aikido wake up!!

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Nicholls
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aikido wake up!!

Postby Nicholls » Sun Oct 14, 2001 12:00 am

Tanto Waza is a wonderful art. Try going up against somebody trained in steel cuts flesh reality training if you want ckeck out self defense in the street.

Sirius
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Postby Sirius » Mon Oct 15, 2001 8:49 am

What?
What exactly is the point of this post?

Sirius

Sirius
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Postby Sirius » Mon Oct 15, 2001 8:58 am

Double post...

Edited by - Sirius on 10/15/2001 9:00:24 AM

Michael Janich
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Postby Michael Janich » Mon Oct 15, 2001 3:08 pm

Dear Sirius:

Please see the "defense against the blade" thread on the General Information forum.

Stay safe,



mike j

Nicholls
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Postby Nicholls » Mon Oct 15, 2001 5:58 pm

Sorry Sirius, I'm new at this. Mike's reply will help.

In Aiki,

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Mancer
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Postby Mancer » Tue Oct 30, 2001 1:57 pm

Ive been doing akido for a number of years, the movements you learn in my opinion will be very useful against an attacker armed with a blade, in my opinion arts such as akido would be the best opposed to arts like kick boxing, karate and so on where force is involved, its the way to go for up close self defence.

Seeya

MaNcEr

It's Time To Kick @$$ 'N Chew Bubble Gum

Nicholls
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Postby Nicholls » Wed Oct 31, 2001 9:13 pm

MaNcER,

How much "Tanto Waza" does your sensei teach?

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Mancer
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Postby Mancer » Fri Nov 02, 2001 3:06 pm

Hi Nich

He teches with the use of Tanto quite often actually, we do a fair amount of practise with the attacker coming with a Tanto.

Id say we practise withit atleast every 2 lessons (actually as far as I can remember we've always gone through it)

Seeya

MaNcEr

It's Time To Kick @$$ 'N Chew Bubble Gum

zatoichi
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Postby zatoichi » Tue Nov 20, 2001 1:10 am

This has nthing to do with aikido, but during my Brazilian JiuJitsu training, my friend, Rocian Gracie, taught me a remarkable numbe of moves against knives. Don't think of it as knife grappling because that's just WAY 2 dangerous! It's more like being attacked, and using an aikido lock with a judo throw, immediately followed by a submission (arm lock, chock, cross chock, take yer pik) Highly interesting especially if you're practicing the technique as a single, solid movement.....

Sirius
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Postby Sirius » Tue Nov 20, 2001 9:21 am

This is not mine - it comes from a friend at another forum, but I believe it holds true here:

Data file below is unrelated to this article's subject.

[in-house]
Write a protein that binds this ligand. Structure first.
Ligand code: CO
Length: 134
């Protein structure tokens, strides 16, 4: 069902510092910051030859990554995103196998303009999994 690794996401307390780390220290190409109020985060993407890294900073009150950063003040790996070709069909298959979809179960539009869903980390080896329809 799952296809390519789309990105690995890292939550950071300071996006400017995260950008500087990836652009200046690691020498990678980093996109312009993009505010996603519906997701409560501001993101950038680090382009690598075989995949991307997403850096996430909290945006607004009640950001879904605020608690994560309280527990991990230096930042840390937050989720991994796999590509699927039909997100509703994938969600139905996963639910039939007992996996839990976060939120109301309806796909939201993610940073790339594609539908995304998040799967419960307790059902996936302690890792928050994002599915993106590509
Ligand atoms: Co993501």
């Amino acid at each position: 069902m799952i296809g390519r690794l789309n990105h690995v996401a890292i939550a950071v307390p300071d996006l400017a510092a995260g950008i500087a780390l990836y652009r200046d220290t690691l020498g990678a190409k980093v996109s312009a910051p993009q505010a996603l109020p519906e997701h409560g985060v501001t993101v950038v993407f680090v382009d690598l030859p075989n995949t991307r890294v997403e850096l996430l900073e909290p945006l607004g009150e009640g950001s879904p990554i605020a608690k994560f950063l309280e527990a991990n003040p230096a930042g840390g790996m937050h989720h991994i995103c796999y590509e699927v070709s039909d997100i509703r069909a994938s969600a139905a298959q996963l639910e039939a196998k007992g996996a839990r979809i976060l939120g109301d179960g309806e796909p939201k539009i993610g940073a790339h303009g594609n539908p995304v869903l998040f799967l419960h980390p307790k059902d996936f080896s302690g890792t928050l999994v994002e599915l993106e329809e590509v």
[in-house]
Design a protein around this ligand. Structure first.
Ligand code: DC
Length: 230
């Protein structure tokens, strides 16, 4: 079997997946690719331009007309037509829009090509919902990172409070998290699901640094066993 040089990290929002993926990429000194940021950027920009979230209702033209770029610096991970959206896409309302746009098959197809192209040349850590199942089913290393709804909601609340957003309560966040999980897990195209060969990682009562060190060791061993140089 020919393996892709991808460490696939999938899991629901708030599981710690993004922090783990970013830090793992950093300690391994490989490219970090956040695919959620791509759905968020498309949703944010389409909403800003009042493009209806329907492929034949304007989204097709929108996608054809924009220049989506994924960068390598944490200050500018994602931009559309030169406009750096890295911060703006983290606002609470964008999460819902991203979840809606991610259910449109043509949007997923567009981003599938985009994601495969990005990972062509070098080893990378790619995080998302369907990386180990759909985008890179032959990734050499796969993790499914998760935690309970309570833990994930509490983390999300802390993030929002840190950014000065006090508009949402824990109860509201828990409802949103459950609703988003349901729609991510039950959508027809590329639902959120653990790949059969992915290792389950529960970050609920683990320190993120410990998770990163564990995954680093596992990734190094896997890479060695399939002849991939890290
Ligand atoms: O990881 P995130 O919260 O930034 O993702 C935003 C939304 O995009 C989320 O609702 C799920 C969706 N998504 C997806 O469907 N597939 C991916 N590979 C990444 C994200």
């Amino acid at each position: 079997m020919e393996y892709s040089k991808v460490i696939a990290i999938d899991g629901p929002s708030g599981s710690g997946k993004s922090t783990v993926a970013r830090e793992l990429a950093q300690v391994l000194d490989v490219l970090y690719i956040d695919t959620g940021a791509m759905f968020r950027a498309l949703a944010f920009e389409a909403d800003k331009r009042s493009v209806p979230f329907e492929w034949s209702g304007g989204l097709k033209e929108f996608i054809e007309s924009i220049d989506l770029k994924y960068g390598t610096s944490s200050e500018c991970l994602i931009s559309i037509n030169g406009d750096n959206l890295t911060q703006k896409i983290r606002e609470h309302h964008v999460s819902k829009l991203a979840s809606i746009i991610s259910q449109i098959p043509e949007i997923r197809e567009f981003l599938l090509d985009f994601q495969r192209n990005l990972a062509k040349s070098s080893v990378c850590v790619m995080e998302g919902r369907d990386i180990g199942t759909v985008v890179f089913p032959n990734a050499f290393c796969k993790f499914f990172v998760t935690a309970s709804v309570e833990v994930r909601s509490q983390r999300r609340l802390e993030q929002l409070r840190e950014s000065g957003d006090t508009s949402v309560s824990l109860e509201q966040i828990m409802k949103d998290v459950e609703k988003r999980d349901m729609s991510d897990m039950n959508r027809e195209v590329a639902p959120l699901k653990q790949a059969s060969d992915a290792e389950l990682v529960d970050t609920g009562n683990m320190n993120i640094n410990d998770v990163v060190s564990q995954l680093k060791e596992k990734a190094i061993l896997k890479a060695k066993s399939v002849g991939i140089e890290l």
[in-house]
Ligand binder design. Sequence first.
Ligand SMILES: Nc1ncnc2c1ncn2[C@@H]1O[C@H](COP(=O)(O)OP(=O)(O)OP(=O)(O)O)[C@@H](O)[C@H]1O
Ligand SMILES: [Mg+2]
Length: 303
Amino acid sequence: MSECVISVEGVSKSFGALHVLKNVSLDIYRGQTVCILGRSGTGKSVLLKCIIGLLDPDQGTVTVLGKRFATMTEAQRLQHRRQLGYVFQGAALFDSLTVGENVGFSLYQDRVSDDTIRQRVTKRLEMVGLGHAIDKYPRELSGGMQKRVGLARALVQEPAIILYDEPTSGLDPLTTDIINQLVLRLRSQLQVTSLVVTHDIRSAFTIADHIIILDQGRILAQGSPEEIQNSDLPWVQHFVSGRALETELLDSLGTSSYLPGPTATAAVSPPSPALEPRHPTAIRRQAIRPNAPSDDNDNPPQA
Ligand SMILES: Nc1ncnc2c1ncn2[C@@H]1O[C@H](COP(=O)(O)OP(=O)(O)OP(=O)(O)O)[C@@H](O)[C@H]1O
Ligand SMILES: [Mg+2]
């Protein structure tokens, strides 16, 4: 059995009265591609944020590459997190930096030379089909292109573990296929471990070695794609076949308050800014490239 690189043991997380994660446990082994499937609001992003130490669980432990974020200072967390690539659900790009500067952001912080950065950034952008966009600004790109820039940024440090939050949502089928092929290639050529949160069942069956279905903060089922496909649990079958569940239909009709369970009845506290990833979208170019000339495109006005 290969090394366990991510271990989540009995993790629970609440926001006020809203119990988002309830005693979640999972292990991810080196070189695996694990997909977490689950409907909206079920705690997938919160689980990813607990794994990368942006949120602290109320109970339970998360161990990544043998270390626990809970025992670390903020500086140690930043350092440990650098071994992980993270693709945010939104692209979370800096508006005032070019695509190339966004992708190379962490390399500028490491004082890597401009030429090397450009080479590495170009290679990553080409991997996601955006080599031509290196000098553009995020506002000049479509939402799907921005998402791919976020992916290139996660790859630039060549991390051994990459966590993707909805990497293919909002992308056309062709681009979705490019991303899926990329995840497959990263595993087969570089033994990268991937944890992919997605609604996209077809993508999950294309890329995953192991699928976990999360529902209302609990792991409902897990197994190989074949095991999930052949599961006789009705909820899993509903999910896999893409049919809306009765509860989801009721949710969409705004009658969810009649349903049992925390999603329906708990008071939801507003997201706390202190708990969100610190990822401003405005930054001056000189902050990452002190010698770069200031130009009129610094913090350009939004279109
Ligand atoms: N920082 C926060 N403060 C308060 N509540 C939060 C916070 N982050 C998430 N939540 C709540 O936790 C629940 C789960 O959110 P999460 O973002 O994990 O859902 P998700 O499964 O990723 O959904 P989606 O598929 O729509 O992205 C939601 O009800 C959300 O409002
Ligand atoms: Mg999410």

For real world self-defense with the open or empty hand, consider the circular, soft and indirect arts such as Judo, Tai Chi and Aikido.

Judo and Tai Chi help a person rediscover his or her natural movement.
My 13 year old Judoka son can make anyone in the world who attacks him fall down hard, at least once.
A reasonbly competent Tai Chi player can frustrate an athletic attacker for quite awhile.
Aikido teaches very real techniques for resisting fnger, wrist, elbow and shoulder locks so often utilized by police and kidnappers.
All three teach many life analogies that will increase awareness and provide valuable verbal and behavioral skills for avoiding violence.
All three include good techniques or mind-sets for escaping violence after it has started.
None of the three will enable the player to win a fight, unless he has studied for 15 or 20 years, and then he will not feel the need to win the fight.

Judo and especially Aikido require good teachers.
Few and far between.

Sirius

Formerly Nervous
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Postby Formerly Nervous » Tue Nov 20, 2001 5:05 pm

I would say that from my personal expierences... Akido is an exceptional art for self defense.. it is very very effective and a very powerful art.. the draw back is it takes many many years to be truly proficent in it... ive studied for about 5years.. and havent even graced the 'meat' of what it has to offer..
As to the statement of a 13yo dropping anyone.. often times Akido and even Judo are touted as being methods that dont requior strength. That they are excellent for women and children as a self defense... PLEASE dont be misled by that notion!! I worked in Corrections for 3yrs and on partol for 2.. I used Akido and Judo almost every day..in one way or anoter.. and I can tell you from expierence.. trying to manupulate or manover some one into a joint manipulation does requior a harmony of strength and skill(and knowledge being part of the skill)... if you dont belive this... try this.. if your familiar with Akido.. you know that Sankeo (sp?? its been a while) and Kodagashi are two of the most basic and the more widely used locks (second to nekeo probably) ... have your wife or adolecent perform the lock properly on you.. teach then how to do it right untill they can actually inflict the expected pain. Then, have them perform the lock whith you being beligerant. stiffen your arm.. jerk your arm from their grasp.. "out muscle" them.. i thik you will see that strength plays a very harmonious role even in the "flowing arts"


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